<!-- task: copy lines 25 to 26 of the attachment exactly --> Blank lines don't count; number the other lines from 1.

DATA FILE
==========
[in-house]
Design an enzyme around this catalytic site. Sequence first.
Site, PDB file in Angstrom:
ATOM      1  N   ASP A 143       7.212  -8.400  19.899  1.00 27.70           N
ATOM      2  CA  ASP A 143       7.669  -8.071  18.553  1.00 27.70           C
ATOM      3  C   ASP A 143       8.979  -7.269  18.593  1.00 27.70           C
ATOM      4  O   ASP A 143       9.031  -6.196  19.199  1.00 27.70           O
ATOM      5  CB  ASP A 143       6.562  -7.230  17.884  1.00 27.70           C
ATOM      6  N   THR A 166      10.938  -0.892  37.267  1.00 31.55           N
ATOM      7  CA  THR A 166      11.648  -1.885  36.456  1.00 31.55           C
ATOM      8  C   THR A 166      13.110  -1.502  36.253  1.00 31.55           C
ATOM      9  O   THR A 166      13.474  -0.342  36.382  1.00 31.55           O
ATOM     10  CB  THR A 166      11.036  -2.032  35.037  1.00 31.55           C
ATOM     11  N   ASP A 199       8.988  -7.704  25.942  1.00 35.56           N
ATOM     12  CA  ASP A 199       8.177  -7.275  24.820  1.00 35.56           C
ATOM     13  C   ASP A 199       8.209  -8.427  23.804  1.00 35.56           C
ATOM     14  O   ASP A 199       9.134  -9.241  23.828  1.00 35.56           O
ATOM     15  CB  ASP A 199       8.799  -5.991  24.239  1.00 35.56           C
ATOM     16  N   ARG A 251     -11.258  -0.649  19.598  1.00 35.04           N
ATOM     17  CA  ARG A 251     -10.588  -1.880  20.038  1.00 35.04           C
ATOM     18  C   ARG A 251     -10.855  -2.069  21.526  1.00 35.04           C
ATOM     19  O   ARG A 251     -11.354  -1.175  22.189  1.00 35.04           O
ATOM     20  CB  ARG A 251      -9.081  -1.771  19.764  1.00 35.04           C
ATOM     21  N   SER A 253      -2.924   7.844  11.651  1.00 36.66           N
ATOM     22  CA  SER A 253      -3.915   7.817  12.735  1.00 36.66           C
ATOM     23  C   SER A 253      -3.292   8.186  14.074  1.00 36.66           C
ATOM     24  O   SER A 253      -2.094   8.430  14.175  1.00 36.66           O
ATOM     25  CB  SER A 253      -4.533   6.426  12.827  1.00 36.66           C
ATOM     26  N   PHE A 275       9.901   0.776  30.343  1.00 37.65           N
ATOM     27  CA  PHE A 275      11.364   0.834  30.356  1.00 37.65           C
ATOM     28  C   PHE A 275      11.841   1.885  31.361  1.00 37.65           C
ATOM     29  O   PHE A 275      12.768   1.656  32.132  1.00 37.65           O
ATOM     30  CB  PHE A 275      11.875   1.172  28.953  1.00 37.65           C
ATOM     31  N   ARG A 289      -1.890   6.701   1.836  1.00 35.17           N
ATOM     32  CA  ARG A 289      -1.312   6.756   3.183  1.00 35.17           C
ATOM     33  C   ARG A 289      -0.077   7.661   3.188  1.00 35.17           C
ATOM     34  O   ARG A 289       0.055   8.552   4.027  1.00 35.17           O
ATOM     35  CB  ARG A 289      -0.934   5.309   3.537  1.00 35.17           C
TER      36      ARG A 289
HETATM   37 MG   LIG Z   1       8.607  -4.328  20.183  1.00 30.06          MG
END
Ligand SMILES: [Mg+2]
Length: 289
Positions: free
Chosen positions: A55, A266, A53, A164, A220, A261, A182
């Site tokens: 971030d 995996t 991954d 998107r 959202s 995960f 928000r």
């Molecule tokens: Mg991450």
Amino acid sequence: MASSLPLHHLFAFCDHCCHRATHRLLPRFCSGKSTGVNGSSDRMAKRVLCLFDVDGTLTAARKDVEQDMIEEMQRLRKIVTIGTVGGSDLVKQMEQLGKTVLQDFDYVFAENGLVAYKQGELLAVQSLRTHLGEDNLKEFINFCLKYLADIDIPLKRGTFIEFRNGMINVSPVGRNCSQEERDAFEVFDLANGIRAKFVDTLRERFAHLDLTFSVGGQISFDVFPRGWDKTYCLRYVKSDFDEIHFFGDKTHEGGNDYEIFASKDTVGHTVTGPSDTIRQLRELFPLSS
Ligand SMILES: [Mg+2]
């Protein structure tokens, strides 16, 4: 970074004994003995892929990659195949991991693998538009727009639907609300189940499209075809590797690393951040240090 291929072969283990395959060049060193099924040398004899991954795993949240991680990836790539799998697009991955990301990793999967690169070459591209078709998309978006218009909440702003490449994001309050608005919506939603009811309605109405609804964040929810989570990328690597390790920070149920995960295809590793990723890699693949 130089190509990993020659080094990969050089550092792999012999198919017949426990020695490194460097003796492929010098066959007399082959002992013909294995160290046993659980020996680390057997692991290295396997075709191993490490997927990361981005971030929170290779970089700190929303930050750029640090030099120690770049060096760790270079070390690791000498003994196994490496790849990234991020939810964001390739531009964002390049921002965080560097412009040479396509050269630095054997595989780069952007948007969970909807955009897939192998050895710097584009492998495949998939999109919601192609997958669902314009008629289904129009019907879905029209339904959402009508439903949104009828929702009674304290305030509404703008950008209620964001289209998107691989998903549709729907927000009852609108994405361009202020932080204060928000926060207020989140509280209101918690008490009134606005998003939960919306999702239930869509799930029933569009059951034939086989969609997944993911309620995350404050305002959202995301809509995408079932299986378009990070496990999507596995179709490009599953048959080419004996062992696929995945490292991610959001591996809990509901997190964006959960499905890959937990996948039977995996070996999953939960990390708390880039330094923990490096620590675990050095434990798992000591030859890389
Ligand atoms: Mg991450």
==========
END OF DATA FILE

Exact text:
ATOM     22  CA  SER A 253      -3.915   7.817  12.735  1.00 36.66           C
ATOM     23  C   SER A 253      -3.292   8.186  14.074  1.00 36.66           C